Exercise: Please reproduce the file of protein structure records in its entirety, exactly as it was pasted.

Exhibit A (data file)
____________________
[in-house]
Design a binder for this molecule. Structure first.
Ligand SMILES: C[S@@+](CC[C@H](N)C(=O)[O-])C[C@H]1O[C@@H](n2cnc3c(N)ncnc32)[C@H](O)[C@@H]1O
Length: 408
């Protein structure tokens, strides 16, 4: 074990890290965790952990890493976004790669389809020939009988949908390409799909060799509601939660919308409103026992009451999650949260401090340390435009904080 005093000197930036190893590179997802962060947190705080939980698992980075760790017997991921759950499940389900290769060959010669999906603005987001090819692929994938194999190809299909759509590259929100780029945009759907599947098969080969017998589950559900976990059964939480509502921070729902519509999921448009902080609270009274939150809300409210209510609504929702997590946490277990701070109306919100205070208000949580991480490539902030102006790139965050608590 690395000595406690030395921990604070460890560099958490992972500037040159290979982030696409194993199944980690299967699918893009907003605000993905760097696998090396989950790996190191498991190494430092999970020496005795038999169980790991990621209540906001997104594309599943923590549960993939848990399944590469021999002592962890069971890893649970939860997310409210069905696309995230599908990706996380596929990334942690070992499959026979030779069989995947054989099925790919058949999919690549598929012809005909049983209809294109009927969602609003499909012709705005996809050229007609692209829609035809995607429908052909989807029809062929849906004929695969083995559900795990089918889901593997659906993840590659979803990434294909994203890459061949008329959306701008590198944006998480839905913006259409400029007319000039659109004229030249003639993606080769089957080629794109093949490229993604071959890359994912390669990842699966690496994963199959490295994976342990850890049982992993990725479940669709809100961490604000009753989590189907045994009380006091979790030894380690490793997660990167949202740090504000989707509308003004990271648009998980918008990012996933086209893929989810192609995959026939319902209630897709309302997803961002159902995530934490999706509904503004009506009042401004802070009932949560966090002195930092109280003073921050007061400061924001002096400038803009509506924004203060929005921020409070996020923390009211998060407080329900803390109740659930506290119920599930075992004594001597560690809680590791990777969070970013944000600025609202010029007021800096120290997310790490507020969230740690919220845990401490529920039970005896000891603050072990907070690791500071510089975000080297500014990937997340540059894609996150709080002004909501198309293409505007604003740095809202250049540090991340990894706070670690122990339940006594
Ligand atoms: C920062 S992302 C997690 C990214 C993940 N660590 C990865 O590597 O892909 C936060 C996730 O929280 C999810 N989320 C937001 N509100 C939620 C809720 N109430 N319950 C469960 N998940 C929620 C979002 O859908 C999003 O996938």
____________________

[in-house]
Design a binder for this molecule. Structure first.
Ligand SMILES: C[S@@+](CC[C@H](N)C(=O)[O-])C[C@H]1O[C@@H](n2cnc3c(N)ncnc32)[C@H](O)[C@@H]1O
Length: 408
């Protein structure tokens, strides 16, 4: 074990890290965790952990890493976004790669389809020939009988949908390409799909060799509601939660919308409103026992009451999650949260401090340390435009904080 005093000197930036190893590179997802962060947190705080939980698992980075760790017997991921759950499940389900290769060959010669999906603005987001090819692929994938194999190809299909759509590259929100780029945009759907599947098969080969017998589950559900976990059964939480509502921070729902519509999921448009902080609270009274939150809300409210209510609504929702997590946490277990701070109306919100205070208000949580991480490539902030102006790139965050608590 690395000595406690030395921990604070460890560099958490992972500037040159290979982030696409194993199944980690299967699918893009907003605000993905760097696998090396989950790996190191498991190494430092999970020496005795038999169980790991990621209540906001997104594309599943923590549960993939848990399944590469021999002592962890069971890893649970939860997310409210069905696309995230599908990706996380596929990334942690070992499959026979030779069989995947054989099925790919058949999919690549598929012809005909049983209809294109009927969602609003499909012709705005996809050229007609692209829609035809995607429908052909989807029809062929849906004929695969083995559900795990089918889901593997659906993840590659979803990434294909994203890459061949008329959306701008590198944006998480839905913006259409400029007319000039659109004229030249003639993606080769089957080629794109093949490229993604071959890359994912390669990842699966690496994963199959490295994976342990850890049982992993990725479940669709809100961490604000009753989590189907045994009380006091979790030894380690490793997660990167949202740090504000989707509308003004990271648009998980918008990012996933086209893929989810192609995959026939319902209630897709309302997803961002159902995530934490999706509904503004009506009042401004802070009932949560966090002195930092109280003073921050007061400061924001002096400038803009509506924004203060929005921020409070996020923390009211998060407080329900803390109740659930506290119920599930075992004594001597560690809680590791990777969070970013944000600025609202010029007021800096120290997310790490507020969230740690919220845990401490529920039970005896000891603050072990907070690791500071510089975000080297500014990937997340540059894609996150709080002004909501198309293409505007604003740095809202250049540090991340990894706070670690122990339940006594
Ligand atoms: C920062 S992302 C997690 C990214 C993940 N660590 C990865 O590597 O892909 C936060 C996730 O929280 C999810 N989320 C937001 N509100 C939620 C809720 N109430 N319950 C469960 N998940 C929620 C979002 O859908 C999003 O996938």